Cooling of CCDs is generally accomplished by one of two methods. The first, and usually the one used for scientific CCDs at major observatories, is via the use of liquid nitrogen (or in some cases liquid air). The CCD and associated electronics (the ones on or very near the actual CCD itself, called the head electronics) are encased in a metal dewar under vacuum. Figure 3.7 shows a typical astronomical CCD dewar (Brar, 1984; Florentin-Nielsen, Anderson, & Nielsen, 1995). The liquid nitrogen (LN2) is placed in the dewar and, although not in direct physical contact with the CCD, cools the device to temperatures of near -100° C. Since LN2 itself is much colder than this, CCDs are generally kept at a constant temperature (±0.1° C) with an on-board heater. In fact, the consistency of the CCD temperature is very important as the dark current is a strong function of temperature (Figure 3.6) and will vary considerably owing to even modest changes in the CCD temperature.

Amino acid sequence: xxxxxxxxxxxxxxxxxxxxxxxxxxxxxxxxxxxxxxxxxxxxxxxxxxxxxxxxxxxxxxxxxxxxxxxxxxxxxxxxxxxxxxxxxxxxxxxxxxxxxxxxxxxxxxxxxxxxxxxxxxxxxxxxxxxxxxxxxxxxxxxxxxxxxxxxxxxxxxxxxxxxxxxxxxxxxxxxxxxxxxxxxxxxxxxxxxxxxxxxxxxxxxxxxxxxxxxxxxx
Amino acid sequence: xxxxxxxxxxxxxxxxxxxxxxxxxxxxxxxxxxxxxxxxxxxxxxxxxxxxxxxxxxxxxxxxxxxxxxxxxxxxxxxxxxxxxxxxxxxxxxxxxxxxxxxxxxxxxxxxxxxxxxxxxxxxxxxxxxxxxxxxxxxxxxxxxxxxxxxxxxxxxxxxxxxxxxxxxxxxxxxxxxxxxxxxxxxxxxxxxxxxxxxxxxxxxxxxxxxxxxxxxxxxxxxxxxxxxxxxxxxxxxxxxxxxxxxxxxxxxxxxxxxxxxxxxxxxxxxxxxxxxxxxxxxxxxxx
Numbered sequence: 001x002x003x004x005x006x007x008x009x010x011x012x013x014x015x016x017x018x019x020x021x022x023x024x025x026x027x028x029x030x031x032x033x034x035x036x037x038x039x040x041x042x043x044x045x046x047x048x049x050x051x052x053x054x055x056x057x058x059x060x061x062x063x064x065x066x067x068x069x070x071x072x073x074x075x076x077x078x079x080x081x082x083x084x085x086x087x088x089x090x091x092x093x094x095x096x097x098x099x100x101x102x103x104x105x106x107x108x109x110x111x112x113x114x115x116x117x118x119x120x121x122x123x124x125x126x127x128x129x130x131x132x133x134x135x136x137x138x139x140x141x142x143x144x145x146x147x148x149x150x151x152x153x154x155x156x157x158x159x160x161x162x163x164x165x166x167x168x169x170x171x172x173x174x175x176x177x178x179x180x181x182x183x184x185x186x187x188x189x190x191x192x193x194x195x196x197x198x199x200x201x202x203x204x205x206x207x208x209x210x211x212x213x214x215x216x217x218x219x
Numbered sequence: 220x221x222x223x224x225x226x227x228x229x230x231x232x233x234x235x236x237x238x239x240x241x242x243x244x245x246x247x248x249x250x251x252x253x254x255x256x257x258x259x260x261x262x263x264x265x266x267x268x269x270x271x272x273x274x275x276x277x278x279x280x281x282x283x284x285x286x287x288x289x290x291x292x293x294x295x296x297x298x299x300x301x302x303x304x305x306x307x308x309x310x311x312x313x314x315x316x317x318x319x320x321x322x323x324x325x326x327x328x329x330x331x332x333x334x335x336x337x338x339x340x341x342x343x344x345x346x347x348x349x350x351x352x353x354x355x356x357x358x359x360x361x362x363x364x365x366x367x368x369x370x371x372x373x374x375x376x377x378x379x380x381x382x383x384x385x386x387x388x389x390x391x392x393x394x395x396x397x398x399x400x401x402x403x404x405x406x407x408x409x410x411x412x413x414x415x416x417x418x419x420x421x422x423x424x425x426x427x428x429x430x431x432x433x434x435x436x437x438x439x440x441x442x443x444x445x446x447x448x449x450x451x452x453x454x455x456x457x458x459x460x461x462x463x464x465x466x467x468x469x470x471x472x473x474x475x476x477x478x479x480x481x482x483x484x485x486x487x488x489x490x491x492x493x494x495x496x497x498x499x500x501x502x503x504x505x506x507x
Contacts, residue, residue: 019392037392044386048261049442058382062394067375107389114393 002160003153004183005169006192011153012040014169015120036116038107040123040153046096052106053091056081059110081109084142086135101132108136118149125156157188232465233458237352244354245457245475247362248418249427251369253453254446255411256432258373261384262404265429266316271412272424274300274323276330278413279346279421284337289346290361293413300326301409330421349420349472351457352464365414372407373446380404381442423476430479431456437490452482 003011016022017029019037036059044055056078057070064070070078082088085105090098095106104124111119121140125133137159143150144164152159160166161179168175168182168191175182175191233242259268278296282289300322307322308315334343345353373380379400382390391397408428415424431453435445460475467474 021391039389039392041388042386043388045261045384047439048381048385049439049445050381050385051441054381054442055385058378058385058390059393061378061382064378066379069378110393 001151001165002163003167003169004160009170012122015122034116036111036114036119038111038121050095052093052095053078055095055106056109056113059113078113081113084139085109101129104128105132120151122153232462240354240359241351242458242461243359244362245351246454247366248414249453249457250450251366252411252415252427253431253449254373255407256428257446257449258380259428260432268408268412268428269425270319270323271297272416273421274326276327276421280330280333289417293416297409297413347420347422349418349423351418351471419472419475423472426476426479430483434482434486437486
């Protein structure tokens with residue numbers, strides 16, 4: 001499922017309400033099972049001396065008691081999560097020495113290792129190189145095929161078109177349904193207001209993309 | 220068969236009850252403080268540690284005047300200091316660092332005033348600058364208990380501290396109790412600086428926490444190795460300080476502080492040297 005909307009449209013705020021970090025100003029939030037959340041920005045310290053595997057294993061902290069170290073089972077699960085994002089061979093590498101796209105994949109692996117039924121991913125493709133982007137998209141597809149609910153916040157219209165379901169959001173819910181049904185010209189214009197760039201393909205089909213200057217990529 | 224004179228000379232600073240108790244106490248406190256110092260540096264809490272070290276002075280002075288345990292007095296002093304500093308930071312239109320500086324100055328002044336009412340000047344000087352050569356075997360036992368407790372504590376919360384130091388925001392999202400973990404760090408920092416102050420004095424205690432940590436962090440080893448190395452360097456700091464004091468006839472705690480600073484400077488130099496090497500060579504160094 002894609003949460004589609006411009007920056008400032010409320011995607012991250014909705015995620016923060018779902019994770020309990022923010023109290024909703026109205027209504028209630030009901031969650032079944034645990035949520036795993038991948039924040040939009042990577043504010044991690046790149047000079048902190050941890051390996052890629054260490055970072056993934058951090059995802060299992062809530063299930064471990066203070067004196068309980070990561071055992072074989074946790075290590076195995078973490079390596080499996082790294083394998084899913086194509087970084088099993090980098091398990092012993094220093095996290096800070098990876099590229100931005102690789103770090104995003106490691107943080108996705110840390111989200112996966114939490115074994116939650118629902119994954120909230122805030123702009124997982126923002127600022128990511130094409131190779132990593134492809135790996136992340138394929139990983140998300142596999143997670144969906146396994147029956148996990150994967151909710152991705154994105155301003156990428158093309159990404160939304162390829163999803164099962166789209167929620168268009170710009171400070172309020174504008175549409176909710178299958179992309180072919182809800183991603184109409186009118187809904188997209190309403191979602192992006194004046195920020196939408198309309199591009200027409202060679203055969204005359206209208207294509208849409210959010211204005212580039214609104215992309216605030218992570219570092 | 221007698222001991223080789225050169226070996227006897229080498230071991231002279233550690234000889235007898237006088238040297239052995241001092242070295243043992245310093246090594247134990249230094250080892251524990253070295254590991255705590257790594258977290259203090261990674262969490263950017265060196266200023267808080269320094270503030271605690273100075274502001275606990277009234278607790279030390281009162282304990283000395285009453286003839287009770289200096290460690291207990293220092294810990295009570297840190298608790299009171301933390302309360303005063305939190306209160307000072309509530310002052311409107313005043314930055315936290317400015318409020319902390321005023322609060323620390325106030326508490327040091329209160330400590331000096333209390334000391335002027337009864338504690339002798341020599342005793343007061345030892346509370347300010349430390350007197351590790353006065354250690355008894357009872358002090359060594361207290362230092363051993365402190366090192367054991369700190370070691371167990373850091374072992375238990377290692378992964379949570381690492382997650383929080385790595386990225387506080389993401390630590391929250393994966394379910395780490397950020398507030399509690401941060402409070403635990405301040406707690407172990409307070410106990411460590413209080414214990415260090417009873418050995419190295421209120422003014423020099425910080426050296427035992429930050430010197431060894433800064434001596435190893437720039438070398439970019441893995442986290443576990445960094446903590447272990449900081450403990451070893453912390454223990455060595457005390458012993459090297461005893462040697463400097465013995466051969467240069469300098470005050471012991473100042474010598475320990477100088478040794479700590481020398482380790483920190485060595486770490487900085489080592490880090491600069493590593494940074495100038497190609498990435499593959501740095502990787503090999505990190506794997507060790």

A less expensive and much less complicated cooling technique makes use of thermoelectric cooling methods. These methods are employed in essentially all "off-the-shelf" CCD systems and allow operation at temperatures of -20 to -50° C or so, simply by plugging the cooler into an electrical outlet. Peltier coolers are the best known form of thermoelectric cooling devices and are discussed in Martinez & Klotz (1998). CCD operation and scientific quality imaging at temperatures near -30° C is possible, even at low light levels, due to advances in CCD design and manufacturing techniques and the use of multipinned phase operation (see Chapter 2). Other methods of cooling CCDs that do not involve LN2 are discussed in McLean (1997a).

G10SPACER (3, SPACED 120° APART)

COPPER TANK

ALUMINUM DEWAR BODY

SLOTTED

LN2 FILL TUBE THERMAL STRAP COPPER WIRE (15 BUNDLES) G10SPACER (3, SPACED 120° APART)

G10 SUPPORT (3, SPACED 120° APART)

COPPER RADIATION SHIELD

PRINTED CIRCUIT BOARD

IM I.D. VACUUM PORT

LN2 FILL PORT

GAS EXHAUST PORTS (3)

GRANVILLE PHILLIPS 'CONVECTRON' VACUUM SENSOR

IM I.D. VACUUM PORT

LN2 FILL PORT

GAS EXHAUST PORTS (3)